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Poor carbonation

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naa10104

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Hello,
Have done three batches now with fine carbonation, not on my most recent. Did a 5 gal. batch of Amber Ale and actually had the best fermentation I have ever done. OG was 1.060/ FG was 1.014 which was confirmed with readings two days apart. Fermented for 16 days and then bottled/conditioned for two weeks. Opened two bottles last night after chilling all day. First bottle completely flat, second only app. 20% carbonated. I used 5oz.'s of corn sugar for the bottle priming as I have done before. Only thing I did differently this time is I could not get any siphon to work to move from 6 gal Carboy to bottling bucket. (Have that figured out now) I very slowly poured wort from Carboy thru large funnel with fine screen into bottling bucket. Almost all of the Trubb stayed in Carboy and the finished product had very little sediment in it. I know this was not an ideal way to move the wort to the bottling bucket. Could this have caused poor or no carbonation ? Maybe moving it this way introduced too much oxygen. Beer tastes fine otherwise. Is there anything I can do at this point to correct this ? Open all bottles and move to Keg to carbonate ? No idea on how I would do that. Also, this is the higest ABV I have nade to date. My calculations show somewhere around 6.3 %. Is is possible that it may just take longer ot carbonate dut to the higher ABV ?

Would it be beneficial to move the beer from refrigerator back to room temp. of app. 68 degrees for a few more weeks or should I leave what is in the fridge for now ? Half of the batch has not been in refrigerated yet. Appreciate any advice/opinions .... thanks !
 
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Coastalbrew

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Hello,
Have done three batches now with fine carbonation, not on my most recent. Did a 5 gal. batch of Amber Ale and actually had the best fermentation I have ever done. OG was 1.060/ FG was 1.014 which was confirmed with readings two days apart. Fermented for 16 days and then bottled/conditioned for two weeks. Opened two bottles last night after chilling all day. First bottle completely flat, second only app. 20% carbonated. I used 5oz.'s of corn sugar for the bottle priming as I have done before. Only thing I did differently this time is I could not get any siphon to work to move from 6 gal Carboy to bottling bucket. (Have that figured out now) I very slowly poured wort from Carboy thru large funnel with fine screen into bottling bucket. Almost all of the Trubb stayed in Carboy and the finished product had very little sediment in it. I know this was not an ideal way to move the wort to the bottling bucket. Could this have caused poor or no carbonation ? Maybe moving it this way introduced too much oxygen. Beer tastes fine otherwise. Is there anything I can do at this point to correct this ? Open all bottles and move to Keg to carbonate ? No idea on how I would do that. Also, this is the higest ABV I have nade to date. My calculations show somewhere around 6.3 %. Is is possible that it may just take longer ot carbonate dut to the higher ABV ? Appreciate any advice/opinions .... thanks !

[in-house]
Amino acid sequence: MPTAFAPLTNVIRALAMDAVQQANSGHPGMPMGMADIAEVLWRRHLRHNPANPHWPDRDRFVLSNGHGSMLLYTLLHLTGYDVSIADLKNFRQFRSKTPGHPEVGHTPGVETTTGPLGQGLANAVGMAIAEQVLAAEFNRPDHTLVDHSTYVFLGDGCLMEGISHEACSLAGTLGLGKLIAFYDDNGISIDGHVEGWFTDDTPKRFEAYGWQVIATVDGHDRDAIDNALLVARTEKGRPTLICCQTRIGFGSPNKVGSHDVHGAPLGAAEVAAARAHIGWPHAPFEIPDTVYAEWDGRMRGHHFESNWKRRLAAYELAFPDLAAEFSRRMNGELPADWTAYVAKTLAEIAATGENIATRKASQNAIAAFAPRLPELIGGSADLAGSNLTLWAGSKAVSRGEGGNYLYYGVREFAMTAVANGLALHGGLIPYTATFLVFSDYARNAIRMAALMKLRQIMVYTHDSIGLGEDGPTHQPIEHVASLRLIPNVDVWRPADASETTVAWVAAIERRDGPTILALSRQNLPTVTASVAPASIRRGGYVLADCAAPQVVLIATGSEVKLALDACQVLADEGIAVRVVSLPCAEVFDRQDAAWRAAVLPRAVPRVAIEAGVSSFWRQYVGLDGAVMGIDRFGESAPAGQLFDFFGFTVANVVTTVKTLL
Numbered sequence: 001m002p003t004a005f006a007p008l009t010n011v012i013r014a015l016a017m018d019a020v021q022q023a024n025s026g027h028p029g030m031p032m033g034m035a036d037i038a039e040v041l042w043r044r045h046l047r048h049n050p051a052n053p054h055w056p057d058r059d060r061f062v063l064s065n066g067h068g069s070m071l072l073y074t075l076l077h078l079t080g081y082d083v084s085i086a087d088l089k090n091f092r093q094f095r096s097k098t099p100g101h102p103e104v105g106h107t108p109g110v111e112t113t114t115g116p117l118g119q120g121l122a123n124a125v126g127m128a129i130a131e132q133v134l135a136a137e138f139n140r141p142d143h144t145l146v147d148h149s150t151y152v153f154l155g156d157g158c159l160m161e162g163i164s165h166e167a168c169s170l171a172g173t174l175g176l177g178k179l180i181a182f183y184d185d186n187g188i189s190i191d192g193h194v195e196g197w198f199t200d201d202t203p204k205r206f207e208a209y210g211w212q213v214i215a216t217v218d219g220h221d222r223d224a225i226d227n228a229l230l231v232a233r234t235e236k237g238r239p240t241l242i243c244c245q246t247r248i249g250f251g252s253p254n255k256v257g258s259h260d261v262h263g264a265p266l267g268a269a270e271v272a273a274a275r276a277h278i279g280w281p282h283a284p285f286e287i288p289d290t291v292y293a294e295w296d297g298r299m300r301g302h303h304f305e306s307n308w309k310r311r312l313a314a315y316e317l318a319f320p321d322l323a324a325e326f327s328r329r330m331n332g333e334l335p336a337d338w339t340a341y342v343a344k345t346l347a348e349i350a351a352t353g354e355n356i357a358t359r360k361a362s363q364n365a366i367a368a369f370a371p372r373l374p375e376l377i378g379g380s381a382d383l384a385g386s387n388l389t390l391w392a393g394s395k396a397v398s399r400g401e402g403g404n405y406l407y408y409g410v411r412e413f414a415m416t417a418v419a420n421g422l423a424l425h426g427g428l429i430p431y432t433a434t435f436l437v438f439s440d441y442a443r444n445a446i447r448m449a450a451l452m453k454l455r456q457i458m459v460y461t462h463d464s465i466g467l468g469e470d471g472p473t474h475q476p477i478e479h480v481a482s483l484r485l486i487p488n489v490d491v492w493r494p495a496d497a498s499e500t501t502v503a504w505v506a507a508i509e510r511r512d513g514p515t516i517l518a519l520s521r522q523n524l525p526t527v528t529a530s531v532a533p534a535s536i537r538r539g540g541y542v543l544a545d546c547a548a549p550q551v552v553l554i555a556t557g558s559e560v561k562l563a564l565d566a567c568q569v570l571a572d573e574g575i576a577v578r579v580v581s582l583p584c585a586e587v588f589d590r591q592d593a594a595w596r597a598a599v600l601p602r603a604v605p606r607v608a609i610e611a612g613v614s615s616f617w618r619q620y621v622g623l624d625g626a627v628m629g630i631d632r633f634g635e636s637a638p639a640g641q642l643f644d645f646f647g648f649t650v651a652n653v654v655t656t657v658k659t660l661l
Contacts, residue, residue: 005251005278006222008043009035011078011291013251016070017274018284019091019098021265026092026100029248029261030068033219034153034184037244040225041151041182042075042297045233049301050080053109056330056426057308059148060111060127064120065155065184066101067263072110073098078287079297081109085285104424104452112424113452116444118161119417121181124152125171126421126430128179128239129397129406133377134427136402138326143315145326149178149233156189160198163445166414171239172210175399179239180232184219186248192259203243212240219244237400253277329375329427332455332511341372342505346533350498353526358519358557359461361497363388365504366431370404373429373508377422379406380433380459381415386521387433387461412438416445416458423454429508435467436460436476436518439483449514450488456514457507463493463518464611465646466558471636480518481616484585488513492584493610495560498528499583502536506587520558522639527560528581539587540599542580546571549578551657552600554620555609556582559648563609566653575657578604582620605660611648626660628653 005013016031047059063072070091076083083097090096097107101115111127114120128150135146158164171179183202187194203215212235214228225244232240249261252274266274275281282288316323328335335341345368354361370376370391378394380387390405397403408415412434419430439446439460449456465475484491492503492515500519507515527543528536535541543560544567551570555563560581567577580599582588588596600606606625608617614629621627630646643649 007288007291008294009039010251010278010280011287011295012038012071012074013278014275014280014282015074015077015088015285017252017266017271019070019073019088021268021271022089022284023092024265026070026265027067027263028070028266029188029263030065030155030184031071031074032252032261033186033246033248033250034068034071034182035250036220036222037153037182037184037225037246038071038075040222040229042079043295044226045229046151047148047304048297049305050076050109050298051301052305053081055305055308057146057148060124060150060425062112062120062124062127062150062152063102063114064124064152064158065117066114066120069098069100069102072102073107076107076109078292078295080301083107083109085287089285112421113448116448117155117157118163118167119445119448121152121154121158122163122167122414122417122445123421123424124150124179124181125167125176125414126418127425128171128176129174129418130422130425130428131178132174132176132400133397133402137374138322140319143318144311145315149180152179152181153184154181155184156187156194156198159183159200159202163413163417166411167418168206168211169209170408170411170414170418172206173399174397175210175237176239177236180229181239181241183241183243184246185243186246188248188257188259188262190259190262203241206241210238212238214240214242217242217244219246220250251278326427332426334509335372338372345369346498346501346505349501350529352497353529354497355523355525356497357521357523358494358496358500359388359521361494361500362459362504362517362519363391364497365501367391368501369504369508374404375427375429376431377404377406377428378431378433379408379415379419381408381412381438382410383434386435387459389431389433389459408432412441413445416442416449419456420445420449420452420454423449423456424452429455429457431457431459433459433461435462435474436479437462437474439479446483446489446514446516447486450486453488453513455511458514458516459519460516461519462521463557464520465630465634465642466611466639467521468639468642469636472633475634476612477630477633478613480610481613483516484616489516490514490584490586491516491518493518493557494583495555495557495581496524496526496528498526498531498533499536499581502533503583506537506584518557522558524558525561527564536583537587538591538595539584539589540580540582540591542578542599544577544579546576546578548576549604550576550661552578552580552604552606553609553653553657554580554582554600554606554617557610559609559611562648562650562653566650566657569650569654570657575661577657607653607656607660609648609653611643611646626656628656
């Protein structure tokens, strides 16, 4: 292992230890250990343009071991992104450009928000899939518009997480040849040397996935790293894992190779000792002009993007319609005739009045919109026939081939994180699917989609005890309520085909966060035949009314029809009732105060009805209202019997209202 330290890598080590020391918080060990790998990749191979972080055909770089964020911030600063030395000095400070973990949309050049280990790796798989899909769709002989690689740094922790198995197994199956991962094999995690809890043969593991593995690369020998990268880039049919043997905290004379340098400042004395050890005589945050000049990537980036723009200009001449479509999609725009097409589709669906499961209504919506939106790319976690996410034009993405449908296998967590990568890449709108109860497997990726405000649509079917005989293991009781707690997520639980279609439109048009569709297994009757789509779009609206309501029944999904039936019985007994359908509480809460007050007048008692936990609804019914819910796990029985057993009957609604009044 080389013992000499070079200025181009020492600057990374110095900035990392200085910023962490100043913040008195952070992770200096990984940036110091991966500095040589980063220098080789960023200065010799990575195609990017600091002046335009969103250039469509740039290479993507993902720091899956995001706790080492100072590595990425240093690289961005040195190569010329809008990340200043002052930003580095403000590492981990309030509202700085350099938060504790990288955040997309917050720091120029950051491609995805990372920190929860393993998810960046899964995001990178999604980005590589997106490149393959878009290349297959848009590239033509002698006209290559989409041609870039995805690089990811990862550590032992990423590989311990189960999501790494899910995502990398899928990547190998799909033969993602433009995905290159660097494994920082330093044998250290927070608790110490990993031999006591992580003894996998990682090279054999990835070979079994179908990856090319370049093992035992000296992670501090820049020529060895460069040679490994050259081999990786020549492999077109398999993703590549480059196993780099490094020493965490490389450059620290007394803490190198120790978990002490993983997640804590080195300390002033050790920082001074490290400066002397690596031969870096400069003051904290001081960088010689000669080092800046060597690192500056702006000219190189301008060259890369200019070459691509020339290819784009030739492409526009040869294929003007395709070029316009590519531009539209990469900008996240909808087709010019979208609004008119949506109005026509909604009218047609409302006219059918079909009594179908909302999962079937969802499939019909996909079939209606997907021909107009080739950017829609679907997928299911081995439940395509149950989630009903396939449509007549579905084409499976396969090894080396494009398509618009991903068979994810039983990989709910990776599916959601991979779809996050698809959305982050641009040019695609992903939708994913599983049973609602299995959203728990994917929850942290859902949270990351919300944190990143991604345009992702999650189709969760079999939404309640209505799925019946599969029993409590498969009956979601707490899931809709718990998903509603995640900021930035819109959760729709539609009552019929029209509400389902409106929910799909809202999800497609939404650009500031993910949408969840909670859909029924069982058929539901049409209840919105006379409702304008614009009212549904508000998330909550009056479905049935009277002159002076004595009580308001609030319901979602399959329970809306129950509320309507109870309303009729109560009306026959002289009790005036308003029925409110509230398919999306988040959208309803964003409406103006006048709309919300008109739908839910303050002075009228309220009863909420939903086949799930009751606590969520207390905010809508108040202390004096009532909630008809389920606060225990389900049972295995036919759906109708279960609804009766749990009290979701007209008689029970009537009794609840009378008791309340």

I'd say give it more time. What yeast did you use? Did you stir the priming sugar into the beer before bottling? Did you cold crash the beer? I can't see any reason that pouring the beer would effect the carbonation unless the priming sugar didn't get adequately mixed. Let the beer sit at room temp and try one in a week and see if it's any different. Good luck!
 
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naa10104

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Hello,